So after spending more time tweaking everything to fit into six pieces of plywood, I realized for all the planning and diagraming and designing I had done, I hadn’t thought at all about how I was going to actually attach wood to wood.  This sparked another round of thinking.  Last time I had put the bookcase together with heavy duty decking screws.  It was solid but kind of ugly as screws for each shelf went through the outside into the shelf (or sometimes through it or just below it, as I’m a terrible woodworker).  So this time I wanted to use a better approach.  I had bought a pocket hole jig which allows the screws to be in pockets on the bottom side of board or on the back so they won’t be visible.  Insert more thinking.  The problem with the pocket holes is that while they are good for not being ugly, they require a lot of drilling and measuring on each individual board.  Since there were by this point about 40 different boards this seemly like a point at which a large number of errors could occur.  So I thought about alternatives.  Since for me many of the boards would need screws or some other fasteners in the exact same places perhaps I should make some sort of jig with allows me to insert each board and then put all the screw holes in the correct place.  Then more thinking.  What if instead of screws, I used dowel and glue to attach everything.  Dowel and glue joints are almost as strong as mortice and tenant joints (according to this internet video I saw).  So I went about designing a couple of jigs that would allow me to place dowels in the identical places across multiple boards so that everything would be straight and true and solid.  Of course, this is all theoretical at this point.  I imagined the construction in my head.  Everything cut to exacting specifications, jigs working perfectly, boards sanded, primed and painted, then everything glued into place systematically.  Again, I get trapped into thinking.  I realized that the strength of dowel joints are in any direction perpendicular to the joint in three dimensions.  Pressure in parallel to the joint would cause it to easily separate.  When looking at my design I realized that aside from the top most board there was nothing holding the shelves together from any outward pressure.  As soon as someone grabbed a sideboard to move the bookcase the whole thing would pull apart, coming apart in its weakest dimension.  diagramSo this made me think that as a matter of course I should add a number of pocket hole joints at critical junctures, especially where the sides attached to the back and shelves.  Now it is glue and screw and peg and beg and more thinking.  How do I get rid of the slightly ugly plywood edges?  Do I use iron-on edge banding (which requires I buy an iron as well as the banding).  Do I nail on small strips of wood like some sort of moulding, and do I use chair rail or crown moulding or what).  Or perhaps do I just use joint compound and fill in all the imperfections in the edges then sand it down and paint it.  And speaking of paint, what color are these things going to be, I like dark bold colors, but the previous bookcase in grey-blue (because that was the color of paint on sale at Walmart that day).  This was getting out of control.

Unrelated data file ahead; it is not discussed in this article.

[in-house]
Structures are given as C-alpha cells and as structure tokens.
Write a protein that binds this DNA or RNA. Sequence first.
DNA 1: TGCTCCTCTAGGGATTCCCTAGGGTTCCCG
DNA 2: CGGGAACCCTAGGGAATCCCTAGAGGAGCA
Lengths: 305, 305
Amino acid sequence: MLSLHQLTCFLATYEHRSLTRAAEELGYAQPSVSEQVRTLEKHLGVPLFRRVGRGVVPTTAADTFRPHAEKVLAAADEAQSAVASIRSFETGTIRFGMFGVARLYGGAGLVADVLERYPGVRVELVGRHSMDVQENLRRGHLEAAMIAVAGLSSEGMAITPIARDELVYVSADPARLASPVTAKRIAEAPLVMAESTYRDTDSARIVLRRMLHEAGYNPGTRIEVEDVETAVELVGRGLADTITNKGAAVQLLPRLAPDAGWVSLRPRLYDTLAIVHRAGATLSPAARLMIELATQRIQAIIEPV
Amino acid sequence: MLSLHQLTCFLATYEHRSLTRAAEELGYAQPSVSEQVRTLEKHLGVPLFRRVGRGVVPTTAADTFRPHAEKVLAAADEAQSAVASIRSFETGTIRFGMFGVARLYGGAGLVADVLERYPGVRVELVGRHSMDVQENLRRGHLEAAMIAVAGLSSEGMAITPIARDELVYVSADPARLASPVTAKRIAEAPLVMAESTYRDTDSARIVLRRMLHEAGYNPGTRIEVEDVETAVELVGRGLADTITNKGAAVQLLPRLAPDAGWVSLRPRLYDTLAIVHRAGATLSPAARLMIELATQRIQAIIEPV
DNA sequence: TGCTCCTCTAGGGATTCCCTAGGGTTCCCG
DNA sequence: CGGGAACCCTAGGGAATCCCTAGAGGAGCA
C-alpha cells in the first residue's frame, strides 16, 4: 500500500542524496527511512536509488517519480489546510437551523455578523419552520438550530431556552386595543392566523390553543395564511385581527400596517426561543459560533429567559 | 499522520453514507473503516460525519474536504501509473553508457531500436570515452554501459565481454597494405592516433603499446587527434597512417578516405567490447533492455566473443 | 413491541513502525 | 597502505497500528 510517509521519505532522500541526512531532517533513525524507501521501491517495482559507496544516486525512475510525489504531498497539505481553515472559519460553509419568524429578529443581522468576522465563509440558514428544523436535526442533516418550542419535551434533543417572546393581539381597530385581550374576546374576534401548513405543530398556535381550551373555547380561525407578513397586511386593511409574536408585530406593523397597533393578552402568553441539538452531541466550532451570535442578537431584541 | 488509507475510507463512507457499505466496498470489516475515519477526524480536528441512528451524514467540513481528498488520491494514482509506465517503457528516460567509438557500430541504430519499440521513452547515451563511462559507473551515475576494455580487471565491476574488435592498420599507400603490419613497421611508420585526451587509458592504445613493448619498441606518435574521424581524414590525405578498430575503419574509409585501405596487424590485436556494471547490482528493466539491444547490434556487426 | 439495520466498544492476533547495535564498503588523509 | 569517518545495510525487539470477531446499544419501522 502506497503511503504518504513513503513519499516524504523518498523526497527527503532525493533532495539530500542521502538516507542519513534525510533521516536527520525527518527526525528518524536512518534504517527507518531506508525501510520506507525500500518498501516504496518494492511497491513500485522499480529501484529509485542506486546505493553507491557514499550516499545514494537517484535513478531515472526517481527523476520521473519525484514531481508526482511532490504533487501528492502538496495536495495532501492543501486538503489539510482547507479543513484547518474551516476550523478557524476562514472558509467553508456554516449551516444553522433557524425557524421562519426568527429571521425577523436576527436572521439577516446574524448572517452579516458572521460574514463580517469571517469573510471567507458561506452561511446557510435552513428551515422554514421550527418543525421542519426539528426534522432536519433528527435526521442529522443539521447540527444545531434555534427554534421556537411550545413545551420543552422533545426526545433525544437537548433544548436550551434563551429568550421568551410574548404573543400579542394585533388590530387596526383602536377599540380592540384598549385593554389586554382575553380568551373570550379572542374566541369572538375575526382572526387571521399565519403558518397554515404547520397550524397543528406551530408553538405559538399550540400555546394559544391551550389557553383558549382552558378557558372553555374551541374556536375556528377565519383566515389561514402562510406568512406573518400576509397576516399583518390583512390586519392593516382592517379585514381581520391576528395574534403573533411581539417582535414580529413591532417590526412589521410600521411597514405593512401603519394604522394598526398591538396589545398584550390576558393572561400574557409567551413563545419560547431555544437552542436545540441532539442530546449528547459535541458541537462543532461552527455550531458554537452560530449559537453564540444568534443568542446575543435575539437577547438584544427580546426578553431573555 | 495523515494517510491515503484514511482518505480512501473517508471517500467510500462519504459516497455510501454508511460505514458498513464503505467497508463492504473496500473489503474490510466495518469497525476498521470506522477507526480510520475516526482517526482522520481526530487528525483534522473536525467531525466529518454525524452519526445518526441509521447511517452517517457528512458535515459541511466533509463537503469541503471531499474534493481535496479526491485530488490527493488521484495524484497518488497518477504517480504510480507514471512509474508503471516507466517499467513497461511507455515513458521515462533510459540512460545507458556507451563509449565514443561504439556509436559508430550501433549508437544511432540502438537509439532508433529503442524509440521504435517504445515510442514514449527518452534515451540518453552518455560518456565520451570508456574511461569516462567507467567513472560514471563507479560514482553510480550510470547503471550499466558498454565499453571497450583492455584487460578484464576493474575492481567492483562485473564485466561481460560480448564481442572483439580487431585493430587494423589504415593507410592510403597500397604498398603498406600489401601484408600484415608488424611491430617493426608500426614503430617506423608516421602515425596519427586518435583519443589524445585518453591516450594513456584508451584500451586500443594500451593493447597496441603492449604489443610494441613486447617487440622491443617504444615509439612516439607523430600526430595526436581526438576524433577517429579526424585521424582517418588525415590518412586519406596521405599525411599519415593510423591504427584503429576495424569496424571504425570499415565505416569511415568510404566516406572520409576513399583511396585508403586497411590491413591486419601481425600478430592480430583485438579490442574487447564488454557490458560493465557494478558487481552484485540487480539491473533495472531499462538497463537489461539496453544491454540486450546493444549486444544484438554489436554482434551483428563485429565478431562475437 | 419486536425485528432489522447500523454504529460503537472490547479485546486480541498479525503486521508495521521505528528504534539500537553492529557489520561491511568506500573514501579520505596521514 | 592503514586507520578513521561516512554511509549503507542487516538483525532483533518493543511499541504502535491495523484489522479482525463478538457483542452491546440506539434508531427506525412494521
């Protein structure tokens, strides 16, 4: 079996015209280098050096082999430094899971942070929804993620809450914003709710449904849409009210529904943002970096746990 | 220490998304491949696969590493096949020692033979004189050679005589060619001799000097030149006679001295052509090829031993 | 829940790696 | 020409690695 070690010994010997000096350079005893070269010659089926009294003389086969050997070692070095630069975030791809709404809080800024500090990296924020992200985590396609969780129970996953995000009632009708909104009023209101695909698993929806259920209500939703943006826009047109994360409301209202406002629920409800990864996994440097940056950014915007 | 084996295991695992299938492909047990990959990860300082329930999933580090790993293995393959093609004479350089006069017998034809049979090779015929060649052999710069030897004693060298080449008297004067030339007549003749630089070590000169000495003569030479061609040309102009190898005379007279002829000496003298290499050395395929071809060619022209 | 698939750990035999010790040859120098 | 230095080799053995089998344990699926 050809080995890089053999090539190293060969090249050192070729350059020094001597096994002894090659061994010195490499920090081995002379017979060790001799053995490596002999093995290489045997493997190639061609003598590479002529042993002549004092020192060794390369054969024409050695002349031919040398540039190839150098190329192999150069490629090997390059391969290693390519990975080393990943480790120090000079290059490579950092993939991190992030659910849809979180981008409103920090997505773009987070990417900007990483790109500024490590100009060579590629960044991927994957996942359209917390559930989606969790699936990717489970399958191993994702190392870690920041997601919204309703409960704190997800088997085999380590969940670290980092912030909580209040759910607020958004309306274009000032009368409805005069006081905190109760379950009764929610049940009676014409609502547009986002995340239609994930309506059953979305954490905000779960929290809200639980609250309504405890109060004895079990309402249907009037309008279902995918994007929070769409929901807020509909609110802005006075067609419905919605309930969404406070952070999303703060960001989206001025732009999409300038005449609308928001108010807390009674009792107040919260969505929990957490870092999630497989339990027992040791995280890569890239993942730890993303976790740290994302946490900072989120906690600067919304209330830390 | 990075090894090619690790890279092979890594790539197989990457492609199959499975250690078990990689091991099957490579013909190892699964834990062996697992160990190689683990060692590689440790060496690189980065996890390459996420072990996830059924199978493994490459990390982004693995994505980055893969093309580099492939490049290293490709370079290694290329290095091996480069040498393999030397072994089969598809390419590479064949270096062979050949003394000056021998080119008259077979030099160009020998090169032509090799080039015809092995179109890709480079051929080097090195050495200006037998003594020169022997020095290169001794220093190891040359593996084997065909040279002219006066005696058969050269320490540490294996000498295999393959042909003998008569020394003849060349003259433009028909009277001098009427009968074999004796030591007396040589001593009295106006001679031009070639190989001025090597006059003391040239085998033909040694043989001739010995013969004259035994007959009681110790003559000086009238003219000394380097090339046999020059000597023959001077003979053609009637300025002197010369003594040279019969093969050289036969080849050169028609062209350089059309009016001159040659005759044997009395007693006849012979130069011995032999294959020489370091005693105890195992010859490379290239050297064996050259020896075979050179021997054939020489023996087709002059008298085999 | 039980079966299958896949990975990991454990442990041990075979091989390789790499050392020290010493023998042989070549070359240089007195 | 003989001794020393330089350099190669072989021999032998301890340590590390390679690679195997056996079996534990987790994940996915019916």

Except, this is all just still theory.  Ideas on paper and sketched out on a computer screen.  I don’t even own the wood yet.  So now I’m fretting over paint colors and edging preference for a project that hasn’t left the drawing board.  Time for some deep breaths.  Time to get out of your head.  Time to stop thinking.  The problem is that I’m good at thinking.  I am good at the creative part.  I’m good a problem solving, at thinking through the multiple levels of complexity to get to the best solution.  The problem is I’m a shitty carpenter who doesn’t currently own any wood.


PS. This is where I miss my friend Ted (who currently resides in NC). When we were in grad school together I’m pretty sure we could have accomplished anything.  Ted was great at pushing forward to get things done and I was good at planning and problem solving so together we pushed each other in positive directions.  Plus it would be nice to know someone with a chop saw.

PPS.  Perhaps tonight or this weekend I’ll be getting the lumber and moving out of the realm of theoretical carpentry and into woodworking.

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2 Responses to How to overthink the shit out of a project

  1. Pingback: A Creative Life | Jason's Ramble

  2. Pingback: A Constructive Life | Jason's Ramble